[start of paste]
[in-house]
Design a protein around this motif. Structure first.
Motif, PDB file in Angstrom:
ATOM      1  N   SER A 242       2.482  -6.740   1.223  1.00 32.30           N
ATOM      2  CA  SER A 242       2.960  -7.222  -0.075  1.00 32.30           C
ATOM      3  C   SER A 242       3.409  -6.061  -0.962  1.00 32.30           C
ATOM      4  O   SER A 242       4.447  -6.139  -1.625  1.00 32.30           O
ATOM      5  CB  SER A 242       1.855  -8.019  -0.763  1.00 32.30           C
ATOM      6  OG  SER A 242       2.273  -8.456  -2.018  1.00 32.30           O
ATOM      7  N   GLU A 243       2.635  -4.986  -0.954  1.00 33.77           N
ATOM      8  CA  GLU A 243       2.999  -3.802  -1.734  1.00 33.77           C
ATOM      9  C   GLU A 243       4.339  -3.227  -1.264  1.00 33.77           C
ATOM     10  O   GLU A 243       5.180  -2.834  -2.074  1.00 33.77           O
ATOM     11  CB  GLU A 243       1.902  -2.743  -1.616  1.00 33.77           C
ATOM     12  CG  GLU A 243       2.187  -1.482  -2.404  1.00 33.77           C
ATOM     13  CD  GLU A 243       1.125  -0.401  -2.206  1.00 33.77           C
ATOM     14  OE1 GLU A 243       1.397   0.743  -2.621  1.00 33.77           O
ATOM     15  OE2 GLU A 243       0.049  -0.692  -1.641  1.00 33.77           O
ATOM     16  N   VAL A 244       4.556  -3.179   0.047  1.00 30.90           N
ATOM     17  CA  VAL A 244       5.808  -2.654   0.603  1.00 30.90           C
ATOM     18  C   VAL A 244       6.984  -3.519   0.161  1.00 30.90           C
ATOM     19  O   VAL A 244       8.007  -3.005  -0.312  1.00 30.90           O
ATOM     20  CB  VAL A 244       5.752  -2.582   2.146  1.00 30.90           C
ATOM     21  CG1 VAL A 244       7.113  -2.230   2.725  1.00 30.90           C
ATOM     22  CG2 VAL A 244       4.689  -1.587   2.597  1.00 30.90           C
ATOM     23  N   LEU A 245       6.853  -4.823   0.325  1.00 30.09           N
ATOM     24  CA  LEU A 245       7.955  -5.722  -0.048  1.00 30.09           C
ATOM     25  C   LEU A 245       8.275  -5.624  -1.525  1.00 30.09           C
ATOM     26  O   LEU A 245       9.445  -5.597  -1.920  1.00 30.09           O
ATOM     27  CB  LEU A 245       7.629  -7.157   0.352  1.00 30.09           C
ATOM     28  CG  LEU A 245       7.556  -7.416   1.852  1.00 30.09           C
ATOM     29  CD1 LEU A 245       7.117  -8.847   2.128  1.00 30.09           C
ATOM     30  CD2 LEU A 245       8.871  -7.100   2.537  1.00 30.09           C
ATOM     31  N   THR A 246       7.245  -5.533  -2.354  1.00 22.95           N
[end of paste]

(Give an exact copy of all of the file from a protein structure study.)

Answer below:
[in-house]
Design a protein around this motif. Structure first.
Motif, PDB file in Angstrom:
ATOM      1  N   SER A 242       2.482  -6.740   1.223  1.00 32.30           N
ATOM      2  CA  SER A 242       2.960  -7.222  -0.075  1.00 32.30           C
ATOM      3  C   SER A 242       3.409  -6.061  -0.962  1.00 32.30           C
ATOM      4  O   SER A 242       4.447  -6.139  -1.625  1.00 32.30           O
ATOM      5  CB  SER A 242       1.855  -8.019  -0.763  1.00 32.30           C
ATOM      6  OG  SER A 242       2.273  -8.456  -2.018  1.00 32.30           O
ATOM      7  N   GLU A 243       2.635  -4.986  -0.954  1.00 33.77           N
ATOM      8  CA  GLU A 243       2.999  -3.802  -1.734  1.00 33.77           C
ATOM      9  C   GLU A 243       4.339  -3.227  -1.264  1.00 33.77           C
ATOM     10  O   GLU A 243       5.180  -2.834  -2.074  1.00 33.77           O
ATOM     11  CB  GLU A 243       1.902  -2.743  -1.616  1.00 33.77           C
ATOM     12  CG  GLU A 243       2.187  -1.482  -2.404  1.00 33.77           C
ATOM     13  CD  GLU A 243       1.125  -0.401  -2.206  1.00 33.77           C
ATOM     14  OE1 GLU A 243       1.397   0.743  -2.621  1.00 33.77           O
ATOM     15  OE2 GLU A 243       0.049  -0.692  -1.641  1.00 33.77           O
ATOM     16  N   VAL A 244       4.556  -3.179   0.047  1.00 30.90           N
ATOM     17  CA  VAL A 244       5.808  -2.654   0.603  1.00 30.90           C
ATOM     18  C   VAL A 244       6.984  -3.519   0.161  1.00 30.90           C
ATOM     19  O   VAL A 244       8.007  -3.005  -0.312  1.00 30.90           O
ATOM     20  CB  VAL A 244       5.752  -2.582   2.146  1.00 30.90           C
ATOM     21  CG1 VAL A 244       7.113  -2.230   2.725  1.00 30.90           C
ATOM     22  CG2 VAL A 244       4.689  -1.587   2.597  1.00 30.90           C
ATOM     23  N   LEU A 245       6.853  -4.823   0.325  1.00 30.09           N
ATOM     24  CA  LEU A 245       7.955  -5.722  -0.048  1.00 30.09           C
ATOM     25  C   LEU A 245       8.275  -5.624  -1.525  1.00 30.09           C
ATOM     26  O   LEU A 245       9.445  -5.597  -1.920  1.00 30.09           O
ATOM     27  CB  LEU A 245       7.629  -7.157   0.352  1.00 30.09           C
ATOM     28  CG  LEU A 245       7.556  -7.416   1.852  1.00 30.09           C
ATOM     29  CD1 LEU A 245       7.117  -8.847   2.128  1.00 30.09           C
ATOM     30  CD2 LEU A 245       8.871  -7.100   2.537  1.00 30.09           C
ATOM     31  N   THR A 246       7.245  -5.533  -2.354  1.00 22.95           N